Multi-talented Quincy Jones photographed for Vulture by Art Streiber
➢ BBC Music’s rolling news site is updated live throughout the week – today it reports Quincy Jones saying The Beatles were the “worst musicians in the world”
◼ HERE’S ONE OF THE MOST exhilarating interviews you’re ever likely to read with a godlike genius of the American music industry who has won 28 Grammy awards and co-produced Michael Jackson’s biggest-selling albums. The Beatles aren’t the only stars to receive blunt verdicts today from Quincy Jones. But then he did train under the celebrated Nadia Boulanger who during seven decades taught hundreds of leading composers and musicians of the 20th century at the elite Paris Conservatoire, so he does know his stuff. Jones also reckons Jacko “stole lots of songs” and claims to know who shot JFK in 1963. Jones is about to turn 85, so what does he have to lose? Read his eye-poppingly frank revelations in a Q&A interview with Vulture, the culture and entertainment site from New York magazine. He does also pay respec’ to six young stars “doing good work”.
➢ Read Quincy Jones’s full wacko interview at Vulture, 8 Feb 2018
OTHER HEADLINES AT BBC MUSIC TODAY:
❏ Zayn Malik tells Elle India that he has recorded a tune in Hindi for a forthcoming Bollywood movie. Bradford-born Zayn is the son of a British Pakistani father and English mother who converted to Islam when they married.
❏ The Libertines to headline Kendal Calling, 26-29 July.
❏ Kylie to play two intimate shows in March in London and Manchester.
❏ Spice Girls ‘to kick off world tour in UK this summer’.
Posted in breaking news, Britain, interviews, journalism, London, Pop music, Youth culture
Tagged BBC News, Beatles, gossip, Kylie, Libertines, Michael Jackson, Nadia Boulanger, Quincy Jones, Spice Girls, Zayn Malik
Pushy little Red Handfish (Thymichthys politus) © Michael Baron, Eaglehawk Dive Centre
◼ DIVERS HAVE DISCOVERED a new population of what may be the world’s rarest fish, possibly doubling the number believed to exist. Only 20 to 40 of the critically endangered Red Handfish (Thymichthys politus) were thought to live off the coast of Tasmania, Australia. Instead of swimming, the strange little fish scuttles along the seabed on four red pectoral fins that look like hands. Another population of at least eight fish a few miles away was announced this week by a team from IMAS and the Reef Life Survey (RLS) at the University of Tasmania. More detail on video here:
Songwriter Smith fronting The Fall’s first incarnation in 1977. (Photo © Kevin Cummins)
In tribute to Mark Edward Smith who died today, here’s his biggest fan, the legendary deejay John Peel, who was commissioned to summarise the uniqueness of The Fall in The Sunday Times’s partwork, 1000 Makers of Music, published 25 May 1997:
“ Nothing in the history of pop has been remotely like the Fall. Mark E Smith is not only the writer of lyrics that often boast more ideas in a verse than most bands contrive for an LP, but is also credited with what is often said about Viz, that it isn’t as funny as it used to be. Fall devotees are accustomed to hearing similar assessments of their favourite band but believe that, through a bewildering number of personnel changes, the Fall remains the band by which all others must be judged. Their dozens of records crawl with anger, insults, waspish poetry and roaring guitar/bass/drums/keyboards-driven music some have styled Manc-a-billy after their home town. We the faithful can argue that anything, from 1979’s Live At the Witch Trials to last year’s The Light User Syndrome, might be the best. Smith’s press interviews – ranting against political correctness and students (the song Hey, Student from the 1994 LP Middle Class Revolt is a Fall classic) – make marvellous reading. (Keywork: Hey, Student.) ”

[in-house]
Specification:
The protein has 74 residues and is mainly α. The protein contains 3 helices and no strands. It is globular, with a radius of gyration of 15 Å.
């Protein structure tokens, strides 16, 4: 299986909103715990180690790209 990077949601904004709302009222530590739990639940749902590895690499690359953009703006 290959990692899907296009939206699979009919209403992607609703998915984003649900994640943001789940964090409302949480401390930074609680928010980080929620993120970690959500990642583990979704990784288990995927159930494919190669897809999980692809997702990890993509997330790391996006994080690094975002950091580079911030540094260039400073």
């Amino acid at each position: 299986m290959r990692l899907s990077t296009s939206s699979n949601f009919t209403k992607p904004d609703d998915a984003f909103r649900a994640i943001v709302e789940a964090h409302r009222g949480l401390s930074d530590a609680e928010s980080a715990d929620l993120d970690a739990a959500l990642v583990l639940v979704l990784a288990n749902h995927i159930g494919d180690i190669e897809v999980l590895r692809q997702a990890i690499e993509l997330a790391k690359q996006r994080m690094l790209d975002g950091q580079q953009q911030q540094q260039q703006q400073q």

➢ Frontman of the post-punk band the Fall notorious for his deadpan black humour – Guardian obituary: “Smith performed with a total of 66 band members on 63 albums”
➢ The Fall’s 12 Essential Tracks – New York Times
◼ DURING HIS UK VISIT THIS WEEK,
Customised version of the Bayeux Tapestry created using the Historic Tale Construction Kit
French President Emmanuel Macron announced the loan of the 11th-century Bayeux Tapestry which depicts events leading up to the Norman conquest of England in 1066 which ended in King Harold II’s death. This marked the end of the Anglo-Saxons’ reign of more than 600 years. The tapestry is 230ft long and and 50cm deep and some historians say it was created by teams of nuns across England – not France – possibly in Canterbury, Kent. It is on permanent display at a museum in the town of Bayeux, in Normandy.
The first loan of the tapestry outside France for 950 years was revealed by The Times which expected the exhibition venue in 2022 to be the British Museum. Our version here was created online using the Historic Tale Construction Kit. Note how the Saxon peasant at right has already pioneered the idea of kebabbed pigeon.